Kol Nidre Sermon 2018

The Changing Nature of Community
“Tell me, Rabbi, how would re-joining the synagogue make my life better?”

That question was addressed to Rabbi Paul Kipnes of Congregation Kol Ami in California after he approached a former congregant about rejoining his synagogue. I don’t think that question would would have occurred to anyone a generation or two ago. That was a time when Americans had a much stronger belief in G-d.  A time when a young person was expected to marry early, have children, join their  parent’s church or synagogue and stay a member for life. Today, joining a church or a synagogue is no longer a family tradition or a communal expectation — it is an individual choice. People no longer feel an obligation to support or affiliate with a religious community out of family tradition or loyalty. Rabbi Harold Kushner calls this change the shift from “we” to “me”. People want to know what’s in it for them!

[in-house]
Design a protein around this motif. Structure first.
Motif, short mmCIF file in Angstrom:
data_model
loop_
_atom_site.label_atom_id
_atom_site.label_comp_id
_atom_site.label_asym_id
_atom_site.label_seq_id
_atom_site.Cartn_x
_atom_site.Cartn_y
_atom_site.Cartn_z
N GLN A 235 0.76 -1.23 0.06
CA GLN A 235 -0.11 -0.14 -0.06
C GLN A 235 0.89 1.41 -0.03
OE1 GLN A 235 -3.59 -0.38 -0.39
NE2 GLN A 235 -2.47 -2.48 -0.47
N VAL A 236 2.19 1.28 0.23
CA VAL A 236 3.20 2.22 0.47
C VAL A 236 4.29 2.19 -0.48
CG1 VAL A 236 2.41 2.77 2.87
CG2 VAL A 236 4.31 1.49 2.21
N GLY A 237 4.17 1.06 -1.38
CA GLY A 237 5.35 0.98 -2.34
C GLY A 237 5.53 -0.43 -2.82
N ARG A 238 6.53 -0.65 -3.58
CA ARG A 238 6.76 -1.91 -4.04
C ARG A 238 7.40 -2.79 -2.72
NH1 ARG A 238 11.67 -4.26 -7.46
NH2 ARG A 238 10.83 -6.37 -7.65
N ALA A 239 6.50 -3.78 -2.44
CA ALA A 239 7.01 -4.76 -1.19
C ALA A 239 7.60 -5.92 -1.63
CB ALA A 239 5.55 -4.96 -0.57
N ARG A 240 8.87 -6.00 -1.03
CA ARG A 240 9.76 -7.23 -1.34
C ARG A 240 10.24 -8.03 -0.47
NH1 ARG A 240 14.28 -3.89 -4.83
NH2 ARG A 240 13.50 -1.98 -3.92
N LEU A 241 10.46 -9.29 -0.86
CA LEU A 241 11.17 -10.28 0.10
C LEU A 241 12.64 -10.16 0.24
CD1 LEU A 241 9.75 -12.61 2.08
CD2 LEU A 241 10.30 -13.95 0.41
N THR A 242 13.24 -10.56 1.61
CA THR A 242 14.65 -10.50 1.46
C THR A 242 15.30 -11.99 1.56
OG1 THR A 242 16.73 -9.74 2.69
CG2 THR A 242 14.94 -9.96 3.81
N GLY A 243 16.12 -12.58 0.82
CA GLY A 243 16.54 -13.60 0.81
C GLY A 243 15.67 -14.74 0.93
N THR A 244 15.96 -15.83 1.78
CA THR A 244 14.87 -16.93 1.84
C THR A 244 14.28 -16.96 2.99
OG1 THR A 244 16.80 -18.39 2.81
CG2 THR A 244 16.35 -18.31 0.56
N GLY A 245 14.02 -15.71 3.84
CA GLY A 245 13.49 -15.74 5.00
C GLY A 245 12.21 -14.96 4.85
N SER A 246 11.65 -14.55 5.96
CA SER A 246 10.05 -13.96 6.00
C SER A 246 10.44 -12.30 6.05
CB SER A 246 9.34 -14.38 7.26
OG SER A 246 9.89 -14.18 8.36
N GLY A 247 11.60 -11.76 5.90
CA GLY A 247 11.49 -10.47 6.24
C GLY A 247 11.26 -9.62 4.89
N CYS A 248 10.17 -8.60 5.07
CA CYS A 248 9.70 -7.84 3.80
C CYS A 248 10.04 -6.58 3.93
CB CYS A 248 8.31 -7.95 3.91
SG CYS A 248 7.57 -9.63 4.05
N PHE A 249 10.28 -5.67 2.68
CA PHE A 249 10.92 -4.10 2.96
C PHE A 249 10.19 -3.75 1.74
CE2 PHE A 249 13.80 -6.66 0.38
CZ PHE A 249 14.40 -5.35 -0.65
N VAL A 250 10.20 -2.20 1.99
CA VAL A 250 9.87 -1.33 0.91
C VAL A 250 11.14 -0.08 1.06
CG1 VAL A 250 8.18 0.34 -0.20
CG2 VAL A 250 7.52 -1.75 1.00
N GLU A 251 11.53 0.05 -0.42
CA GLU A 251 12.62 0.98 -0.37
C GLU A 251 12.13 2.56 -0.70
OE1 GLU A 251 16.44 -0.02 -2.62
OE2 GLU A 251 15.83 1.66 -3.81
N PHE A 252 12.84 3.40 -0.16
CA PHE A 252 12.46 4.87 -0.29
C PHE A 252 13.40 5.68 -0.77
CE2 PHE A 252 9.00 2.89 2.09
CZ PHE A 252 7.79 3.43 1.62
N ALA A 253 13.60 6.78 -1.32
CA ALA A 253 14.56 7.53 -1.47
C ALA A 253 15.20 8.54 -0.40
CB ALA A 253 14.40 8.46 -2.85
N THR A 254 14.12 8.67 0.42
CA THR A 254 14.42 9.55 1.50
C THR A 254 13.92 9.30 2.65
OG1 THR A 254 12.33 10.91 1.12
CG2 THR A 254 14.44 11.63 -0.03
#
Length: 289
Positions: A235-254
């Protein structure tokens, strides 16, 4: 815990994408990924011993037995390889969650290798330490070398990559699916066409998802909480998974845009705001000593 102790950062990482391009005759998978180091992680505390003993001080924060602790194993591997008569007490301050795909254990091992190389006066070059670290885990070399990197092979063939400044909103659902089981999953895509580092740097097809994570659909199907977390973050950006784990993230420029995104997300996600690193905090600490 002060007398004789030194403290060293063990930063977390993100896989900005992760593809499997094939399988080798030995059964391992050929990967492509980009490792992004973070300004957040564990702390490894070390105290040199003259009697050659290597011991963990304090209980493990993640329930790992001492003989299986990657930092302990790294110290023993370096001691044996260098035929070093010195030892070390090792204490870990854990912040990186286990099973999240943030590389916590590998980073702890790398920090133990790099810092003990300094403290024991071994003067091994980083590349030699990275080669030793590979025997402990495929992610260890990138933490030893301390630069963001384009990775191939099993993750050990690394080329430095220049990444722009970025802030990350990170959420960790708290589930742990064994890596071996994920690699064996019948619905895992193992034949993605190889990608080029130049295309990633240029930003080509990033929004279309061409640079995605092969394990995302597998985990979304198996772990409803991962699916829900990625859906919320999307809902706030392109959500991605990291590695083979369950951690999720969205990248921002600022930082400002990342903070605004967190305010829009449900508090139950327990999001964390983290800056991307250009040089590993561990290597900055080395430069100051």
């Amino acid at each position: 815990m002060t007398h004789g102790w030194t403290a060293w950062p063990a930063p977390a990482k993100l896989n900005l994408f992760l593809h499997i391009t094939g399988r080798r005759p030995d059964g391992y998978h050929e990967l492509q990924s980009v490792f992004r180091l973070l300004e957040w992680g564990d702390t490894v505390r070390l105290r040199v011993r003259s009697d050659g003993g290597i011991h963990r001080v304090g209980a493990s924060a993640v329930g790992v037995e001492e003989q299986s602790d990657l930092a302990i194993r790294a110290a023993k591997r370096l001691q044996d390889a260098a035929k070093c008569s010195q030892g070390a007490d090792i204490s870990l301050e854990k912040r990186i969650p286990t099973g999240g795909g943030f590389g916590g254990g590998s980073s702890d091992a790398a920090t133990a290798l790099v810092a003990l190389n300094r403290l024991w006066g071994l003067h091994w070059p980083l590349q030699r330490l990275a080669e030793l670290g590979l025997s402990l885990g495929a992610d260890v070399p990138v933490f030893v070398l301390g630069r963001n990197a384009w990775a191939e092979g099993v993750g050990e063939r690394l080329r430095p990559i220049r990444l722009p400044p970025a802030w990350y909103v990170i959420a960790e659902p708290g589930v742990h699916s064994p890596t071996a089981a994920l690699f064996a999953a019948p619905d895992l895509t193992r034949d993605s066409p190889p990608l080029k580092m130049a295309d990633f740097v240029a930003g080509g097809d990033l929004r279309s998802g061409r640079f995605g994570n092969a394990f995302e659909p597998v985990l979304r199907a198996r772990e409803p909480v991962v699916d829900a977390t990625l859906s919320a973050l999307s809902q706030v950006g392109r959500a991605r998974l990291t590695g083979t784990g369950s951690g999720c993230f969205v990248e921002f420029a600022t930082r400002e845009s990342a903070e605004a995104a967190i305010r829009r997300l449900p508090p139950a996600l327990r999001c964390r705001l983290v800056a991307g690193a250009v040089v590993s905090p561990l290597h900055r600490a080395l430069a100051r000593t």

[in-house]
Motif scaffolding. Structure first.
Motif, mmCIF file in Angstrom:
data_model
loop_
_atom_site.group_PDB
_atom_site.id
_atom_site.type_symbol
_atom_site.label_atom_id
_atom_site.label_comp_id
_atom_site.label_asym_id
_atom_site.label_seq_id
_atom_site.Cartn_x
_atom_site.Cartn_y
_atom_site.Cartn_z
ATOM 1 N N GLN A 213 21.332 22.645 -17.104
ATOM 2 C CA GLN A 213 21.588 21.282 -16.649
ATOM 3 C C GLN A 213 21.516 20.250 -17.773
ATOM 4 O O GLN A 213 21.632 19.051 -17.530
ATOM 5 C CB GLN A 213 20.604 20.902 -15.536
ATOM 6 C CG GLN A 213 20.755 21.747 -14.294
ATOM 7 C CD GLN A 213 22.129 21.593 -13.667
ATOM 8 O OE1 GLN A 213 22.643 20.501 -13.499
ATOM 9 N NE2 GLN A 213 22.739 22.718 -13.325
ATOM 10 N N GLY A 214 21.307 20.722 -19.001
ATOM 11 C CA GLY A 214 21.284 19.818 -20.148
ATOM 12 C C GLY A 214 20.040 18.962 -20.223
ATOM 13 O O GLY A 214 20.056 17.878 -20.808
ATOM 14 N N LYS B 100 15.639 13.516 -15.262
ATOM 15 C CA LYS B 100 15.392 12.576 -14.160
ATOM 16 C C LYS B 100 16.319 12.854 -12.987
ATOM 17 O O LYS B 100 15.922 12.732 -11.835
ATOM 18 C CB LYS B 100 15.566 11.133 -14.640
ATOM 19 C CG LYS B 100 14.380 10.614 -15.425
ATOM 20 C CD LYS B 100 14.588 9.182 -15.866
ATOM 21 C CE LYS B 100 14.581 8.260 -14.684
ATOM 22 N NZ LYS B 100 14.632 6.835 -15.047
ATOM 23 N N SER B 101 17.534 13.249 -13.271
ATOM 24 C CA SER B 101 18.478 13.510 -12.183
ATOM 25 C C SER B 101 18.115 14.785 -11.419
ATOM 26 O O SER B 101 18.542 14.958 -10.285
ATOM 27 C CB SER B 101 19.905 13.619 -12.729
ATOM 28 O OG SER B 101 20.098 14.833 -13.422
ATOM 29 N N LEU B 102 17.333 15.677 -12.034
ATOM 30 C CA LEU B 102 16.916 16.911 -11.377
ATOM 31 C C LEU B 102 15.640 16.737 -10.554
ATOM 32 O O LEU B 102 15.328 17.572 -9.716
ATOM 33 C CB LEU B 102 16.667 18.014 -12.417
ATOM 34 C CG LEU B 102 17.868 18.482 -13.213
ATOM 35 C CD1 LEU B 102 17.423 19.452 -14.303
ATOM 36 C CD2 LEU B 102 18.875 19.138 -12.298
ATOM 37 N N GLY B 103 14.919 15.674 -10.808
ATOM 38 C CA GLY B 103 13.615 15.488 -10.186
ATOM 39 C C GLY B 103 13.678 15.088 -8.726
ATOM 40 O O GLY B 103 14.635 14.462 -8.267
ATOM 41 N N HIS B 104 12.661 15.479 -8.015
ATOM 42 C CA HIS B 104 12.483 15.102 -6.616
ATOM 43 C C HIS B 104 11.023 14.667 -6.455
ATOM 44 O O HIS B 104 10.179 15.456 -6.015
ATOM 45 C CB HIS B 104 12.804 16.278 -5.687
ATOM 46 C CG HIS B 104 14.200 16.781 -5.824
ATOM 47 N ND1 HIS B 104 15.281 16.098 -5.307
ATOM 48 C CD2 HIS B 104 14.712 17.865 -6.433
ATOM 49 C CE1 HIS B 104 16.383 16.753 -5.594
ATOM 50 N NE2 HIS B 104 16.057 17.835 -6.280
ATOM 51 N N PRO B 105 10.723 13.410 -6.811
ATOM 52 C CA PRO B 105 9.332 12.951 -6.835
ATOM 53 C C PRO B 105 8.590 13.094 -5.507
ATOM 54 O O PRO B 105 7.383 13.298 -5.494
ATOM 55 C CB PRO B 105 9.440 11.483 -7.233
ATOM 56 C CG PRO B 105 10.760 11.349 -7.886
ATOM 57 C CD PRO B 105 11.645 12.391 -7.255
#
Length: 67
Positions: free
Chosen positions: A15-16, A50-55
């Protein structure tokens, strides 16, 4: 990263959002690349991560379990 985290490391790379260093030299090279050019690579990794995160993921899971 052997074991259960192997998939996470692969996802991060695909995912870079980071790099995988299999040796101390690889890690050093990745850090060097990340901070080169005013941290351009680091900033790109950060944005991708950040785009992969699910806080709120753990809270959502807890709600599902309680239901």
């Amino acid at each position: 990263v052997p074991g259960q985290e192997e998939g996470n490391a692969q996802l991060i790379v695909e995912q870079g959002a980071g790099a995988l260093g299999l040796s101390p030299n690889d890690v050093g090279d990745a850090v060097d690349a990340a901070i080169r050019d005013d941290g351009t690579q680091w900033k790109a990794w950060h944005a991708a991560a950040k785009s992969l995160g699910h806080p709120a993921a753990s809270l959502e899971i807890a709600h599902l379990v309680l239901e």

Perhaps some of us here today have also asked that question. Rabbi Kipnis admitted that he struggled with this woman’s question. He thought about it a great deal before he responded.